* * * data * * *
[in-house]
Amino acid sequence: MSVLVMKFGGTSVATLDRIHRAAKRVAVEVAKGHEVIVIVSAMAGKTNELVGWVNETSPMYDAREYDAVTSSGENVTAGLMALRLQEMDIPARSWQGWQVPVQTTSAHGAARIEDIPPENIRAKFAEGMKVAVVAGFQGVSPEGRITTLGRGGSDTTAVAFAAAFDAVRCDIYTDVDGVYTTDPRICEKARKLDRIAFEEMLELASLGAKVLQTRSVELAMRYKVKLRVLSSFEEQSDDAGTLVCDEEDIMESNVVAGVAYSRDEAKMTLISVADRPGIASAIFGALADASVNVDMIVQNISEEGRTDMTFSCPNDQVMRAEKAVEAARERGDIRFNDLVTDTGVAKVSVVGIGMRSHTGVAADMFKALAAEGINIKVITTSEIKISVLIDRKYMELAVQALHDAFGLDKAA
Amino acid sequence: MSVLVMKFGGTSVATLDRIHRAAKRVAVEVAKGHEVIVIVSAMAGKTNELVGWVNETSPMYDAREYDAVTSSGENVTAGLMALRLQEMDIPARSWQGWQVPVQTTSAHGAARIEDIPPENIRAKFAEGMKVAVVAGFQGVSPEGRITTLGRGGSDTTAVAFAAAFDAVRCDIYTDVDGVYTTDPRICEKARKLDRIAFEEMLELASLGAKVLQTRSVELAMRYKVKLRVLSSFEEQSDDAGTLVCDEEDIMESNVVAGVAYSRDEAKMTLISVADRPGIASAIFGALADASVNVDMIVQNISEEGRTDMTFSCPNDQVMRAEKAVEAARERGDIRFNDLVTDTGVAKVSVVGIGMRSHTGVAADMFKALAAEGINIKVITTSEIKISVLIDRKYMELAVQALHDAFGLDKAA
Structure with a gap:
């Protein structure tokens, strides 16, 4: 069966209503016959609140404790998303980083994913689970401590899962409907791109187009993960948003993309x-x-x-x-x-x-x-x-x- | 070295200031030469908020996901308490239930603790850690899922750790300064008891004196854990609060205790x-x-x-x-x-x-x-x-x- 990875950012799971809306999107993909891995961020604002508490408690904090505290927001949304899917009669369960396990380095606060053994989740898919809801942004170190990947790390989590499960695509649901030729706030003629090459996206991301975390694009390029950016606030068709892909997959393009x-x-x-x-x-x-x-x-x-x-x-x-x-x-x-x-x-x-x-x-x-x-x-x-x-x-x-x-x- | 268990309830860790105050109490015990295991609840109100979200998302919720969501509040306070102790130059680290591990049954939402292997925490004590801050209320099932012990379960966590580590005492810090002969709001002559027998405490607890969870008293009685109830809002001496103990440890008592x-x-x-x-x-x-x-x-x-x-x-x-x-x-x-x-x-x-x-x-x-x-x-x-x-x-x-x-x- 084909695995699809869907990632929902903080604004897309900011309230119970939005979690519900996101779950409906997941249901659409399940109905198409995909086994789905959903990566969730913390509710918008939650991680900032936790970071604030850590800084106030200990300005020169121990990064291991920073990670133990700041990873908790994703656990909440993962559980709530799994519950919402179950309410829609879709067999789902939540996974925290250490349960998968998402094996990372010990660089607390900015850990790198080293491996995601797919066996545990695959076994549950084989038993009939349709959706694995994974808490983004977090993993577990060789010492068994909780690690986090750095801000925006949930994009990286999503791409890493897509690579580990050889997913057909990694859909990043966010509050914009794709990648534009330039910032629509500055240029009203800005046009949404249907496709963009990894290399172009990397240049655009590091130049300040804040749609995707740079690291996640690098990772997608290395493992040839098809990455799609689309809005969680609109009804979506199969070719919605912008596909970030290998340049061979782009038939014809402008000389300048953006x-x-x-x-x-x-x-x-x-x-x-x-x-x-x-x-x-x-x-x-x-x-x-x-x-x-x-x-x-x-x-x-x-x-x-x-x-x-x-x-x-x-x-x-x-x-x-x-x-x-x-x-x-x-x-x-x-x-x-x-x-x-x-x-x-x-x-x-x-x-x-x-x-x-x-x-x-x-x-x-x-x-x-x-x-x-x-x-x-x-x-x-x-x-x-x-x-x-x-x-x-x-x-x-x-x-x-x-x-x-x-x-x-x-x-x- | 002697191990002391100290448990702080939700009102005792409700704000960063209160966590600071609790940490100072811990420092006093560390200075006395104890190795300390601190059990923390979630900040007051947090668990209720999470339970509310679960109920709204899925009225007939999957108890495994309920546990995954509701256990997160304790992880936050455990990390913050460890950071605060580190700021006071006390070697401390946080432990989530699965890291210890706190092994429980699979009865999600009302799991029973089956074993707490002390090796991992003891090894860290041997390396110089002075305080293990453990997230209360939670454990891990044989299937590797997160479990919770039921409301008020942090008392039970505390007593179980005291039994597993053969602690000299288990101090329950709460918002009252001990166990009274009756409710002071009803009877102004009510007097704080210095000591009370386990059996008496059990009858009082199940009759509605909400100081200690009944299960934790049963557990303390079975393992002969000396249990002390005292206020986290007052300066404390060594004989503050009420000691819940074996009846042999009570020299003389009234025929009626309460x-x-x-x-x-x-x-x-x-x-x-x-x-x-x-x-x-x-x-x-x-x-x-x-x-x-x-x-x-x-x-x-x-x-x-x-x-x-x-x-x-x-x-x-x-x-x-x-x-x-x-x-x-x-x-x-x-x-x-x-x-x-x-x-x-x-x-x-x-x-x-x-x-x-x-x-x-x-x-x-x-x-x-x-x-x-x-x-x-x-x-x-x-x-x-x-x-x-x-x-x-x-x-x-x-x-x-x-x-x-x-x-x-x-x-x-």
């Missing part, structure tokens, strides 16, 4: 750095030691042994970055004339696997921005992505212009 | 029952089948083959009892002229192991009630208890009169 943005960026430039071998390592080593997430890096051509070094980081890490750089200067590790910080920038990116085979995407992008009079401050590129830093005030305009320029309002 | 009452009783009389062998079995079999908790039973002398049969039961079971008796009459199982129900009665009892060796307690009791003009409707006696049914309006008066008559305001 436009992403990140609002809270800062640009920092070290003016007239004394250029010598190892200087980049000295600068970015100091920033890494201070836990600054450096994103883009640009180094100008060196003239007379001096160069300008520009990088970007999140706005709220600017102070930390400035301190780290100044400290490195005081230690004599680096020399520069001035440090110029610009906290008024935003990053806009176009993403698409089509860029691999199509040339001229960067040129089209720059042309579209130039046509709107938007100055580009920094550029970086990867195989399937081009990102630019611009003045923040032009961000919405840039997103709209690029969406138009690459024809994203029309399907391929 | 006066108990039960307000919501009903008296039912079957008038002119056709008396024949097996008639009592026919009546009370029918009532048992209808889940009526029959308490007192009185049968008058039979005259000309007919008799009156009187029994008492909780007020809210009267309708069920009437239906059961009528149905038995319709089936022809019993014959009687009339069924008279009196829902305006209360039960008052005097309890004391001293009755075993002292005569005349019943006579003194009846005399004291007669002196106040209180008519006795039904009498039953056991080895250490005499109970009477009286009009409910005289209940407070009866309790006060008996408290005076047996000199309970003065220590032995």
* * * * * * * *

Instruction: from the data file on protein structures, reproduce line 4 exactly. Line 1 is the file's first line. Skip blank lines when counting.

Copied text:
Structure with a gap: